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Every investor in Kenmare Resources plc (LON:KMR) should be aware of the most powerful shareholder groups. Institutions often own shares in more established companies, while it's not unusual to see insiders own a fair bit of smaller companies. Companies that used to be publicly owned tend to have lower insider ownership.
Kenmare Resources is not a large company by global standards. It has a market capitalization of UK£478m, which means it wouldn't have the attention of many institutional investors. In the chart below, we can see that institutional investors have bought into the company. Let's delve deeper into each type of owner, to discover more about Kenmare Resources.
What Does The Institutional Ownership Tell Us About Kenmare Resources?
Institutional investors commonly compare their own returns to the returns of a commonly followed index. So they generally do consider buying larger companies that are included in the relevant benchmark index.
Kenmare Resources already has institutions on the share registry. Indeed, they own a respectable stake in the company. This can indicate that the company has a certain degree of credibility in the investment community. However, it is best to be wary of relying on the supposed validation that comes with institutional investors. They too, get it wrong sometimes. It is not uncommon to see a big share price drop if two large institutional investors try to sell out of a stock at the same time. So it is worth checking the past earnings trajectory of Kenmare Resources, (below). Of course, keep in mind that there are other factors to consider, too.
Since institutional investors own more than half the issued stock, the board will likely have to pay attention to their preferences. Kenmare Resources is not owned by hedge funds. M&G Investment Management Limited is currently the company's largest shareholder with 19% of shares outstanding. With 7.5% and 7.3% of the shares outstanding respectively, Miton Asset Management Limited and Premier Fund Managers Limited are the second and third largest shareholders.
We did some more digging and found that 7 of the top shareholders account for roughly 50% of the register, implying that along with larger shareholders, there are a few smaller shareholders, thereby balancing out each others interests somewhat.
While it makes sense to study institutional ownership data for a company, it also makes sense to study analyst sentiments to know which way the wind is blowing. Quite a few analysts cover the stock, so you could look into forecast growth quite easily.
Insider Ownership Of Kenmare Resources
The definition of company insiders can be subjective and does vary between jurisdictions. Our data reflects individual insiders, capturing board members at the very least. Management ultimately answers to the board. However, it is not uncommon for managers to be executive board members, especially if they are a founder or the CEO.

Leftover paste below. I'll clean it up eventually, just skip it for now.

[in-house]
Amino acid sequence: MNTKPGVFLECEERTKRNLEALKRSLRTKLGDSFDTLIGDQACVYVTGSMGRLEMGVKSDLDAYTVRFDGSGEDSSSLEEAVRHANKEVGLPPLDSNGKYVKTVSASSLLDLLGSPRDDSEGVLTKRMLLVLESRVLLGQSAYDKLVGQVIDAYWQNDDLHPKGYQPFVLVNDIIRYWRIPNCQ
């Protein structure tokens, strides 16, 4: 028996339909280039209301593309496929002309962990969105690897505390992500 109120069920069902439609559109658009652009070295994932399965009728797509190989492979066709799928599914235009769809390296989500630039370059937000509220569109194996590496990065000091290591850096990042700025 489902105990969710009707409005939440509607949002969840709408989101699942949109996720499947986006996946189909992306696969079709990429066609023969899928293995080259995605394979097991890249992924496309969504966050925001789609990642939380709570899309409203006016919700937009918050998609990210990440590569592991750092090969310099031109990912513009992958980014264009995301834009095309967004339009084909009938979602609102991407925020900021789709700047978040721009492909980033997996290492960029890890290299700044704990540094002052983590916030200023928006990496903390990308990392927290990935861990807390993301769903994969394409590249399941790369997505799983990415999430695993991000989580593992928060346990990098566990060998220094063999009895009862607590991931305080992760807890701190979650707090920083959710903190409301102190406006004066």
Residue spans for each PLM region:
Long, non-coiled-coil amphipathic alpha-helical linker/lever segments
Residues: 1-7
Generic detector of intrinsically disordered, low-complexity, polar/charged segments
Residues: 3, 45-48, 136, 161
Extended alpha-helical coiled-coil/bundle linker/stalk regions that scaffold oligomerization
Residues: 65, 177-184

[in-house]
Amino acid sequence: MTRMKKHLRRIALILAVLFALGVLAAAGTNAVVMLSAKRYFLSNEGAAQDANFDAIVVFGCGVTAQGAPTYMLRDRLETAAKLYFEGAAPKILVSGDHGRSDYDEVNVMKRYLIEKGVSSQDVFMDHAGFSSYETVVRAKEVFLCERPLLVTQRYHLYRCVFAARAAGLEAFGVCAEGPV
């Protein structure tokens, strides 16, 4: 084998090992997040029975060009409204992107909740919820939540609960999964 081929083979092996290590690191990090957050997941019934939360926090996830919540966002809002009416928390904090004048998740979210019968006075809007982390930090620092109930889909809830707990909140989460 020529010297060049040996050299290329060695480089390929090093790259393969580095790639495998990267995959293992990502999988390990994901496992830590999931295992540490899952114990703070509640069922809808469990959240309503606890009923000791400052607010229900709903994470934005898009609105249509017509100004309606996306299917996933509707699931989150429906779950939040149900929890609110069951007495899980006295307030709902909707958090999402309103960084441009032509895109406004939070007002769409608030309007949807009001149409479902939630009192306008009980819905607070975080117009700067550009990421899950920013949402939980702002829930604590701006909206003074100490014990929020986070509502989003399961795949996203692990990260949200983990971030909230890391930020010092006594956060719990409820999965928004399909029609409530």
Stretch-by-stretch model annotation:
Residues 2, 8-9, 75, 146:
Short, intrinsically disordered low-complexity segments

Insider ownership is positive when it signals leadership are thinking like the true owners of the company. However, high insider ownership can also give immense power to a small group within the company. This can be negative in some circumstances.
Our data suggests that insiders own under 1% of Kenmare Resources plc in their own names. It appears that the board holds about UK£3.8m worth of stock. This compares to a market capitalization of UK£478m. Many investors in smaller companies prefer to see the board more heavily invested. You can click here to see if those insiders have been buying or selling.
General Public Ownership
The general public holds a 40% stake in Kenmare Resources. While this group can't necessarily call the shots, it can certainly have a real influence on how the company is run.
It's always worth thinking about the different groups who own shares in a company. But to understand Kenmare Resources better, we need to consider many other factors. Consider for instance, the ever-present spectre of investment risk. We've identified 2 warning signs with Kenmare Resources , and understanding them should be part of your investment process.
If you are like me, you may want to think about whether this company will grow or shrink. Luckily, you can check this free report showing analyst forecasts for its future.
NB: Figures in this article are calculated using data from the last twelve months, which refer to the 12-month period ending on the last date of the month the financial statement is dated. This may not be consistent with full year annual report figures.
This article by Simply Wall St is general in nature. It does not constitute a recommendation to buy or sell any stock, and does not take account of your objectives, or your financial situation. We aim to bring you long-term focused analysis driven by fundamental data. Note that our analysis may not factor in the latest price-sensitive company announcements or qualitative material. Simply Wall St has no position in any stocks mentioned.
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